But if the healing of the eardrum is slow, the following methods can be applied:
If your ear takes a long time to heal, your doctor may cover the eardrum with a patch. Patching the eardrum is done by placing a medicated paper patch over the tear in the eardrum.
To prevent an ear infection or treat an existing infection, your doctor may prescribe antibiotics. If the ruptured eardrum is causing pain, the doctor may recommend using an over-the-counter pain reliever.
In some cases, surgery may be required to close the hole in the eardrum. The surgery is usually done as an outpatient procedure and takes several hours. During surgery, your doctor takes tissue from another part of your body and attaches it to the eardrum.
While your eardrum is healing, you must take care to keep your ear dry. Until your doctor says your eardrum is healed, you should not swim, use a shower cap or water-repellent earplugs while showering.
Other measures include:
- Not using any medication other than those prescribed by your doctor
- Taking all the medicines your doctor gave you
- Protecting your ear from cold air
- Avoiding blowing your nose and blowing your nose while the ear is healing
Eardrum Tears in Children
Ear infections are the most common cause of eardrum ruptures in children. Since 5 out of 6 children will have had at least one ear infection by the age of 3, it is a good idea to take your child to the doctor immediately if you notice any of the following symptoms:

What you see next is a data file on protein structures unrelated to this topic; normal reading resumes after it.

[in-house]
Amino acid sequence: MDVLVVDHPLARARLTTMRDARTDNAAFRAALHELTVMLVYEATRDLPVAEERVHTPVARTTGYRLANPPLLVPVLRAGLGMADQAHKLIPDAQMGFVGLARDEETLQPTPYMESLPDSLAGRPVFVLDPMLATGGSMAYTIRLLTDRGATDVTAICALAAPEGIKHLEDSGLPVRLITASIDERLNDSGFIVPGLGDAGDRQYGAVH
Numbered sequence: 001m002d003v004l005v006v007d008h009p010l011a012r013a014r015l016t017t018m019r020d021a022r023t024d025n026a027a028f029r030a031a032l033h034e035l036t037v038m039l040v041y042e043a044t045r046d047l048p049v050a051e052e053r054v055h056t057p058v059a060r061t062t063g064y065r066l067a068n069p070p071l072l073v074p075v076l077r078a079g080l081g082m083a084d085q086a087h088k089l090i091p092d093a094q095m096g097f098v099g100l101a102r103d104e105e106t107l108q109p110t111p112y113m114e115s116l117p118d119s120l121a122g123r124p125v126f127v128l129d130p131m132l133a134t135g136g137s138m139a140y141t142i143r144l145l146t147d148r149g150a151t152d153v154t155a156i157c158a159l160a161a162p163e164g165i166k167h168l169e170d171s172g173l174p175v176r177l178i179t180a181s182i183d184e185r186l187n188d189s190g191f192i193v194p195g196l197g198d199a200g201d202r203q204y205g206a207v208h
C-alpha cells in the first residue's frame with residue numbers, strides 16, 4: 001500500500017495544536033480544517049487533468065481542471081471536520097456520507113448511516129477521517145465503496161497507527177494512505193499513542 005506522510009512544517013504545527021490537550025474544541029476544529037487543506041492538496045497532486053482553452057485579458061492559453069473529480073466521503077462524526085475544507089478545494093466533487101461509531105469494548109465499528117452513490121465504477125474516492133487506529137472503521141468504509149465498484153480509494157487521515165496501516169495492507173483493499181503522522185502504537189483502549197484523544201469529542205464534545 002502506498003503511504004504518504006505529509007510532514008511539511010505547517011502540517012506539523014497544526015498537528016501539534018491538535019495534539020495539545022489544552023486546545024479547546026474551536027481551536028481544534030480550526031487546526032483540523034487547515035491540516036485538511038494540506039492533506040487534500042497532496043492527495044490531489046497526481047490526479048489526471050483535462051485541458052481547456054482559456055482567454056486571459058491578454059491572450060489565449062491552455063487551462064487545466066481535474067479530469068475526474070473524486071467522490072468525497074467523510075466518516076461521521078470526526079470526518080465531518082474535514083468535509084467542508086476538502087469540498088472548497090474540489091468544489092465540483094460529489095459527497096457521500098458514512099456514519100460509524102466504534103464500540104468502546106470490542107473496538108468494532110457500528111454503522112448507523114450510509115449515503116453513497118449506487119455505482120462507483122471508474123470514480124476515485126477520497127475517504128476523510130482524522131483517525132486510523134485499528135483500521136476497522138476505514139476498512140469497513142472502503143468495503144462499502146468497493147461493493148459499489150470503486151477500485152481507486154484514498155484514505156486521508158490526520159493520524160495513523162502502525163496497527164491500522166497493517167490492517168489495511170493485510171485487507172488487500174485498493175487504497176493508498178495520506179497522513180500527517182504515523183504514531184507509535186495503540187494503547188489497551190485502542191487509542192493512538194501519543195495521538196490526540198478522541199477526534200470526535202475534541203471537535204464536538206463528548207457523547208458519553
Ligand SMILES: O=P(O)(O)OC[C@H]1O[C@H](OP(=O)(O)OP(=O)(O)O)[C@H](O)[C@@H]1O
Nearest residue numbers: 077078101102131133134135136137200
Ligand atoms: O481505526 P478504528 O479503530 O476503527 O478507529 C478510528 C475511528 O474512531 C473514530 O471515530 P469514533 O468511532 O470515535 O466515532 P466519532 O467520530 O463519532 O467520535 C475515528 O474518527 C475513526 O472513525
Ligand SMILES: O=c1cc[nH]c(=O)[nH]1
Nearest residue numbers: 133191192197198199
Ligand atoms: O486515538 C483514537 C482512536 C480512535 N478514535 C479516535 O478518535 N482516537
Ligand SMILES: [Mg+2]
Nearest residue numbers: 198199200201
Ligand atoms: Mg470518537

- Mild or severe ear pain
- Bloody or pus-filled discharge leaking from the ear
- Vomiting, constant dizziness or nausea
Because children’s eardrums are more sensitive than adults, the damage can have long-term effects on hearing if left untreated.
How is The Surgery Done?
Eardrum surgery is performed under local or general anesthesia. It can be applied with different techniques. The surgery can be performed behind the ear or through the ear. However, in order for it to be done through the ear, the hole must be small or the ear canal must be of appropriate width.
The tissue (patch) placed to close the hole can be ear cartilage, the membrane surrounding the cartilage, both, or the membrane of the chewing muscle behind the ear.
It takes about 2-3 weeks for the patch to fuse and integrate with the eardrum. Eardrum surgery is an operation that usually results in success. However, if the hole does not close, it may need to be repeated.
Hearing recovery takes an average of 2-3 months. At least 6 weeks should be waited to comment on the hearing.
Post-Eardrum Surgery Period
The period following the eardrum surgery is as follows;
- The ear wrap is removed after 24 hours.
- The tampon in the external ear canal is removed in approximately 1-3 weeks.
- Although there may be mild pain, it can be relieved with simple painkillers.
- There may be a slight discharge that gradually decreases.
- In case of an incision behind the ear, mild numbness may occur in the area. This is normal and will correct itself.
- The substances put in to fix the patch dissolve on their own, they do not need to be removed.
Post-Surgery Patient Considerations
There are some points that the patient should pay attention to after eardrum surgery.
- In the first week following the operation, one should lie with the head up (2-3 pillows can be used).
- It should be fed with soft, fibrous and juicy foods.
- Coughing and straining should be avoided.
- Heavy physical activity and sports should be avoided for at least 1 month and water sports should be avoided for at least 6 months.
- Heavy lifting should not be done for 15 days after the operation.
- Water should not be spilled in the ear for at least 2 months after the operation. For this, the ear can be protected with the help of vaseline cotton or tampon.